A breast cancer pill called Tamoxifen can reduce the risk of disease. However, General Practitioners were found to be unaware of national guidelines of recommending it to women. Women, thought to be at high risk of having breast cancer because of family history, are supposed to be prescribed with Tamoxifen.
In a survey of 900 General Practitioners, only half know about Tamoxifen. That it could reduce the risk of women having breast cancer. A quarter knew about the guidelines of recommending Tamoxifen for those at high risk. And three-quarters are willing to prescribe it to women at high risk. However, Tamoxifen is not licensed as a breast cancer preventive drug. But General Practitioners are allowed to prescribe an unlicensed drug if upon their examination would be beneficial for the patient. However, they are reluctant to do so.
General Practitioners are concerned that they might be held liable for criticism if the patient experienced side effects. According to the Telegraph, a small survey reported that 500,000 are being denied of this breast cancer pill. However, there is no proof it is true.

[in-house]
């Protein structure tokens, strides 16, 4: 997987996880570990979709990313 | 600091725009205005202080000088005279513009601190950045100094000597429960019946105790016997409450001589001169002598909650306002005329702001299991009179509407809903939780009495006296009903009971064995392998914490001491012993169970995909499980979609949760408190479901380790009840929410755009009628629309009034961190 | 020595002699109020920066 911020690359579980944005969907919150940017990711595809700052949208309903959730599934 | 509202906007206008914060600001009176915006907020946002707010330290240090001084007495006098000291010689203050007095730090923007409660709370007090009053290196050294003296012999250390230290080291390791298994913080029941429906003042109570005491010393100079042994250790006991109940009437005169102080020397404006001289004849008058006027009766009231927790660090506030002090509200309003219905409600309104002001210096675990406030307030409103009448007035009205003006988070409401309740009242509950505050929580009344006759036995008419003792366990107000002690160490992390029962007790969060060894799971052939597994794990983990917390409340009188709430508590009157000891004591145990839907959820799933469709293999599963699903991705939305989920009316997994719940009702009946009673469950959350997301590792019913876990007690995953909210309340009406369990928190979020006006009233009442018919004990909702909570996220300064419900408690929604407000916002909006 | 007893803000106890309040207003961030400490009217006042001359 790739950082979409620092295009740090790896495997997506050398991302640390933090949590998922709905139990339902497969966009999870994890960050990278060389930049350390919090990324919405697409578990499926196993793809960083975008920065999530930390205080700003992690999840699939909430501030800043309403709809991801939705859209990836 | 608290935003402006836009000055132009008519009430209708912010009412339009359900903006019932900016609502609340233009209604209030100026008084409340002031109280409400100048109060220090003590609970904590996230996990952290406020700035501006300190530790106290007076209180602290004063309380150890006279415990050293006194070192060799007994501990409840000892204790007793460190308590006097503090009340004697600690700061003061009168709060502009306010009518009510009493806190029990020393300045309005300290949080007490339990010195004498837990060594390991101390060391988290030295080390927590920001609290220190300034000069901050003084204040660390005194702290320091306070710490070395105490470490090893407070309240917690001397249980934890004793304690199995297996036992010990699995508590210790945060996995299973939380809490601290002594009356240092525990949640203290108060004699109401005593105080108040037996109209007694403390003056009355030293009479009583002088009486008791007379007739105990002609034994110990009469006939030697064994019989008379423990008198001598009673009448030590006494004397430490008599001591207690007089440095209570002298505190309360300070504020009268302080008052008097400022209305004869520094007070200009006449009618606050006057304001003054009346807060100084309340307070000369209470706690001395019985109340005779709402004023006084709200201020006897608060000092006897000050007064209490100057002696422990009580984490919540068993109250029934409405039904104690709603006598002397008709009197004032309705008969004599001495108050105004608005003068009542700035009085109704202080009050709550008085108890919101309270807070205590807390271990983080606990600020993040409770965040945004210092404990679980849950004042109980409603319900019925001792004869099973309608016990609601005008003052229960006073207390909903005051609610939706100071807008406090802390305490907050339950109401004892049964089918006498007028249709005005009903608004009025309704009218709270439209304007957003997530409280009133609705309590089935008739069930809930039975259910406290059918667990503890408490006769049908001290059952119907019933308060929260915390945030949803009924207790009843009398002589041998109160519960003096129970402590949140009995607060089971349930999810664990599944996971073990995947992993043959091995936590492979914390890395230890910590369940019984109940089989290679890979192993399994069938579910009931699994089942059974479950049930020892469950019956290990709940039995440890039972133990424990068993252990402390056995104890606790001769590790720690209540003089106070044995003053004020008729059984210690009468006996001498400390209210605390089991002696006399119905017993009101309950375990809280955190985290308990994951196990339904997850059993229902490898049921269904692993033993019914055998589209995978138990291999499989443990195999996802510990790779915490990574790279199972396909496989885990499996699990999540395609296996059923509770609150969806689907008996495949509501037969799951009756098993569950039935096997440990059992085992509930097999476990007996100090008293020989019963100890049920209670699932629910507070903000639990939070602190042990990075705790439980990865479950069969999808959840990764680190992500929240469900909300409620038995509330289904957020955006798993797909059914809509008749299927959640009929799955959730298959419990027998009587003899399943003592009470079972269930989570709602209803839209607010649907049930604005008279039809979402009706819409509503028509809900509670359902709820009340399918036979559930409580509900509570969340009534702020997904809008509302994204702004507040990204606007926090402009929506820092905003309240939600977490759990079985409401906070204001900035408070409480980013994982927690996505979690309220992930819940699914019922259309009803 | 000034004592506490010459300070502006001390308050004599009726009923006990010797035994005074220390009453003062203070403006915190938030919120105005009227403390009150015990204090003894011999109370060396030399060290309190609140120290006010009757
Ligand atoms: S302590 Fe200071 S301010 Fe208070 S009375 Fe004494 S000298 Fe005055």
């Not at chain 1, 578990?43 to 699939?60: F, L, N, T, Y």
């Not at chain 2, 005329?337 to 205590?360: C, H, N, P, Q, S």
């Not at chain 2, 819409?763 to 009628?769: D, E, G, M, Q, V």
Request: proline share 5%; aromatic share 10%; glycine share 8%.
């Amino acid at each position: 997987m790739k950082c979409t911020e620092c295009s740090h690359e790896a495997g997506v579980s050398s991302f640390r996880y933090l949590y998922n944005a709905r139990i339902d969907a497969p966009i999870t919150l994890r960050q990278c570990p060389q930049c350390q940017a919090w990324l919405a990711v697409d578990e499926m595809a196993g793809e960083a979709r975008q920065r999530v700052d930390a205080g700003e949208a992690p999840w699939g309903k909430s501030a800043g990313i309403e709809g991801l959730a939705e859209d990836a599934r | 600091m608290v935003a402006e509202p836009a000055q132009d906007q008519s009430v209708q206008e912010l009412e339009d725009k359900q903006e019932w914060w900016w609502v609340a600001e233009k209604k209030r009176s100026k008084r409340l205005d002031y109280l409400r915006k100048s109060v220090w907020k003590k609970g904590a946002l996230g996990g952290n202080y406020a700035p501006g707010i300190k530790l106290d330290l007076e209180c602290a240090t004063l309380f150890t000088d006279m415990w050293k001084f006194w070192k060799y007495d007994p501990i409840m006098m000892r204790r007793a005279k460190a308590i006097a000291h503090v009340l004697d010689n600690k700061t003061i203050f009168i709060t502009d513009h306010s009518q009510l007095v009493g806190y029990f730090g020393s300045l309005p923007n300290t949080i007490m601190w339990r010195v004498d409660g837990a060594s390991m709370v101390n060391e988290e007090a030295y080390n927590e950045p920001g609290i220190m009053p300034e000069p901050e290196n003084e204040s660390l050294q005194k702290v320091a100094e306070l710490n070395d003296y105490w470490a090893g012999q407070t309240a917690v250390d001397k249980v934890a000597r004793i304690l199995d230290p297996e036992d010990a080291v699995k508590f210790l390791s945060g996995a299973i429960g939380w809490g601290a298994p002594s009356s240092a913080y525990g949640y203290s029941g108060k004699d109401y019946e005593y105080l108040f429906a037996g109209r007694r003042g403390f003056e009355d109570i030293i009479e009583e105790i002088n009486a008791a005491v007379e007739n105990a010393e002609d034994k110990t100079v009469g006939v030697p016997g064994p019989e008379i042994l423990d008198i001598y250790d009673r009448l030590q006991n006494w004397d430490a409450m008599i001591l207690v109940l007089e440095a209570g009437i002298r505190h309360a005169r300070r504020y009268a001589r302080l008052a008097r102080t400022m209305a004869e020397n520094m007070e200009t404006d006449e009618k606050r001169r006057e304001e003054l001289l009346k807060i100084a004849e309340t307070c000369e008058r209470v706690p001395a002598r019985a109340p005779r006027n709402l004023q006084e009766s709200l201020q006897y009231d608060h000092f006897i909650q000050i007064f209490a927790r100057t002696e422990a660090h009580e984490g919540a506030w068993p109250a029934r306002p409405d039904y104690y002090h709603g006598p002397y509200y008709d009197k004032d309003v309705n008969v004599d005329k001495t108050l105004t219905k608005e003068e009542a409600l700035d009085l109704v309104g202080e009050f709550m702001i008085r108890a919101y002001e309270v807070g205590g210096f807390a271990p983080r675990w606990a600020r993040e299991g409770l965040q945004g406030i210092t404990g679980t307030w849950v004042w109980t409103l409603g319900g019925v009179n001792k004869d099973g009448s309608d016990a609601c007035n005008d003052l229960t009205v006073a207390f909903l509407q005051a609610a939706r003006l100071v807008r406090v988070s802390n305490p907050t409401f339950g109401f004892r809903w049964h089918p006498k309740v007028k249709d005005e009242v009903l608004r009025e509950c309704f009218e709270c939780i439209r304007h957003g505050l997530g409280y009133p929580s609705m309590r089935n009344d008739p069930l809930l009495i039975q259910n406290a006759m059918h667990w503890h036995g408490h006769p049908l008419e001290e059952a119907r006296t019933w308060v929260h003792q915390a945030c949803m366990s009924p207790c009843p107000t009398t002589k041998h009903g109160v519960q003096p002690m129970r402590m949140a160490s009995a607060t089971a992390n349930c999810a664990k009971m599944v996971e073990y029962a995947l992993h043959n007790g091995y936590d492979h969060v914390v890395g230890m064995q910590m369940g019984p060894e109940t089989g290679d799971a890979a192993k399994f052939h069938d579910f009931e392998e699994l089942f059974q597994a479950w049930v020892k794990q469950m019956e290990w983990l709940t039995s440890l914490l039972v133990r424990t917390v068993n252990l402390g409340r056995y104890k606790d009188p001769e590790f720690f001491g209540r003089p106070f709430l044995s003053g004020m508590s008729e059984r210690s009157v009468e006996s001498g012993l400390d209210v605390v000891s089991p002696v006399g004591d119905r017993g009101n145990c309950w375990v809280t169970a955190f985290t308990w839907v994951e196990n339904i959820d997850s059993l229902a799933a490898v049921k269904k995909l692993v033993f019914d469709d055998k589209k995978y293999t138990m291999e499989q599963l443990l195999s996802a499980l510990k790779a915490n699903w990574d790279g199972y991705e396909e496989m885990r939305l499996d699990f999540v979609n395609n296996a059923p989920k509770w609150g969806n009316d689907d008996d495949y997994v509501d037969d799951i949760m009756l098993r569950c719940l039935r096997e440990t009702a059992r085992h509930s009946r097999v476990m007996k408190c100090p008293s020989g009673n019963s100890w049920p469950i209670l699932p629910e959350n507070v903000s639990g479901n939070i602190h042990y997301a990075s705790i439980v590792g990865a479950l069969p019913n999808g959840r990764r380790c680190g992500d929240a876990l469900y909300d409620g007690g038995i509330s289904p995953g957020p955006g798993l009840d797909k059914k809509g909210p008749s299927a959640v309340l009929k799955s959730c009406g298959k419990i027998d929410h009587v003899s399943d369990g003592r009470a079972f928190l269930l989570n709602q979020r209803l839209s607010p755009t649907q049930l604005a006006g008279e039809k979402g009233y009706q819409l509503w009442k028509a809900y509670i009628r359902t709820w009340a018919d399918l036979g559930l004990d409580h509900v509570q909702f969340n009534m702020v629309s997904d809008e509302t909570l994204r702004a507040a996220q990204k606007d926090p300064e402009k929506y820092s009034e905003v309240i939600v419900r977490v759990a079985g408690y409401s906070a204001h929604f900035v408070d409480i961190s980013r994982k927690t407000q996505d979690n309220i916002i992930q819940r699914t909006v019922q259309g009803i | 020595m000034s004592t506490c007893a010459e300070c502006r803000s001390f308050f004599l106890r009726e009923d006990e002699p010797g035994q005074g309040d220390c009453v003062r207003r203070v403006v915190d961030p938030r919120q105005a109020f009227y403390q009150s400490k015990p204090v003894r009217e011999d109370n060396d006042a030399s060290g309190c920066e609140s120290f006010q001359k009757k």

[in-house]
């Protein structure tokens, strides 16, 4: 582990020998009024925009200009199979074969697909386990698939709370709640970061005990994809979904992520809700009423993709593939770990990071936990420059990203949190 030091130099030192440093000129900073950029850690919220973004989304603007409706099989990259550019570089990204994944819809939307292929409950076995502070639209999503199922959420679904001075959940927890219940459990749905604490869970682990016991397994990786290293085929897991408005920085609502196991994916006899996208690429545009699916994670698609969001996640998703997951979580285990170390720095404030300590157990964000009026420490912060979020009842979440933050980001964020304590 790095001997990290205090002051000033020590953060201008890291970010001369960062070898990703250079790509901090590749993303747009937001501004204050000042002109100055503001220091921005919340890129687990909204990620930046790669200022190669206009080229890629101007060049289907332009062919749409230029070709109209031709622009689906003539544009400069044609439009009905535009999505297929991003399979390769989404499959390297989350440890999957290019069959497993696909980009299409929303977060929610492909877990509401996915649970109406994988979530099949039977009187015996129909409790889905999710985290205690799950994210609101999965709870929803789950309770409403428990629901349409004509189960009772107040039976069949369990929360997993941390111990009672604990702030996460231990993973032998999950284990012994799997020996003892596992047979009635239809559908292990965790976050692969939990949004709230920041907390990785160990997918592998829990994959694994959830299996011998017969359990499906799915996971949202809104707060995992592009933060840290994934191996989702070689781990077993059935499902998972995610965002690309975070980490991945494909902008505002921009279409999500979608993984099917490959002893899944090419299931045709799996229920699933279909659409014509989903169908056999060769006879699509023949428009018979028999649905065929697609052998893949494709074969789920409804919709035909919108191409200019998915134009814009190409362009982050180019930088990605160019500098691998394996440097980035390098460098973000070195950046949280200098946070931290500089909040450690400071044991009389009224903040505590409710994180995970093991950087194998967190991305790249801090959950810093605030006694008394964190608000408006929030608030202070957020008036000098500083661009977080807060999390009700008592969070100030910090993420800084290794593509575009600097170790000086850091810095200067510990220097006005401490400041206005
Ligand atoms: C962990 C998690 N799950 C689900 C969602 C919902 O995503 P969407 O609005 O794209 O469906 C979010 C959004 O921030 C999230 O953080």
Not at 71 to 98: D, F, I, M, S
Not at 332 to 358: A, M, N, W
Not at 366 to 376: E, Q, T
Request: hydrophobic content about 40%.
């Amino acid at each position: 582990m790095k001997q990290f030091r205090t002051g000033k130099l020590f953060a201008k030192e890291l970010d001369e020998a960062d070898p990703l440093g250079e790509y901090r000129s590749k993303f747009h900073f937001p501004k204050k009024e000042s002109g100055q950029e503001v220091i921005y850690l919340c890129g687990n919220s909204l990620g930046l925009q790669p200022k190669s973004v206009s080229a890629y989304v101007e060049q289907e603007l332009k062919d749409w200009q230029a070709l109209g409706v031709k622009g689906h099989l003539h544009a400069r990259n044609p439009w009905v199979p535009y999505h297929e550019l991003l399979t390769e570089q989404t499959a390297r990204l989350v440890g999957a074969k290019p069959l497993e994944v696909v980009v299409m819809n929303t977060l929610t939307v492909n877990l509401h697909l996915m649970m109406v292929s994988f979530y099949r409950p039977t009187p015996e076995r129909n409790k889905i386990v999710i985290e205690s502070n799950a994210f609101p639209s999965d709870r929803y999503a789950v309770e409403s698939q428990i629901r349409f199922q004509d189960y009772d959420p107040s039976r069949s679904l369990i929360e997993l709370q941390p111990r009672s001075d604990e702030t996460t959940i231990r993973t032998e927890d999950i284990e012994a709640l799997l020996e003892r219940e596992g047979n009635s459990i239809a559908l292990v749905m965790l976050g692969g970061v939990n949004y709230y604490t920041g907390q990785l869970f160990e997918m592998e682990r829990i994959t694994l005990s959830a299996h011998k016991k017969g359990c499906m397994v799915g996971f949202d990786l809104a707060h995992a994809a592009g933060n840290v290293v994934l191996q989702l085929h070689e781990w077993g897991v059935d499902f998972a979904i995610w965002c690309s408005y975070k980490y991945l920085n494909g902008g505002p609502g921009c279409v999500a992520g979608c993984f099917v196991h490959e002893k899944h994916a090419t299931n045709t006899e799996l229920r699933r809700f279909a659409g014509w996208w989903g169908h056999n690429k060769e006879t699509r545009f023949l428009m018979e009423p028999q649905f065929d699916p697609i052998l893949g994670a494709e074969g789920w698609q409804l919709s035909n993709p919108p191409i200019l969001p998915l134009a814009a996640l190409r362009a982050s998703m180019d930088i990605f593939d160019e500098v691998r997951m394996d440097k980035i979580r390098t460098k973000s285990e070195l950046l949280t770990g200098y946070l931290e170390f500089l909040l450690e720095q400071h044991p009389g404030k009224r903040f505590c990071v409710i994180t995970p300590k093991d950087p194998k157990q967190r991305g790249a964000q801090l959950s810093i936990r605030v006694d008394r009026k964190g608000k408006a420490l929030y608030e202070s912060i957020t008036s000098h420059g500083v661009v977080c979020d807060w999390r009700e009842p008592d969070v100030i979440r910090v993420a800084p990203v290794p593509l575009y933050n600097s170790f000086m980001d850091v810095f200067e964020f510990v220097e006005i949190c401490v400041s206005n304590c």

The aim of the study was to ask General Practitioners who among them are unaware of the breast cancer pill. And in fact, the 500,000 women at highest risk are the ones that may benefit from taking breast cancer pill, not denied of the pill. The pill is not licensed for preventative use, this is why the General Practitioners are reluctant to prescribe it. And in a study of 42 women taking Tamoxifen over a ten-year time frame, only one breast cancer would be prevented.
According to the NHS, the researchers also found that General Practitioners are more likely comfortable to prescribe medication initiated by the hospital doctors rather prescribing on their own decision. If women are concerned with their breast cancer family history they could probably consult their General Practitioner. And since breast cancer pills are not usually prescribed there are other ways to prevent breast cancer like regular exercise, proper diet and keeping a healthy weight.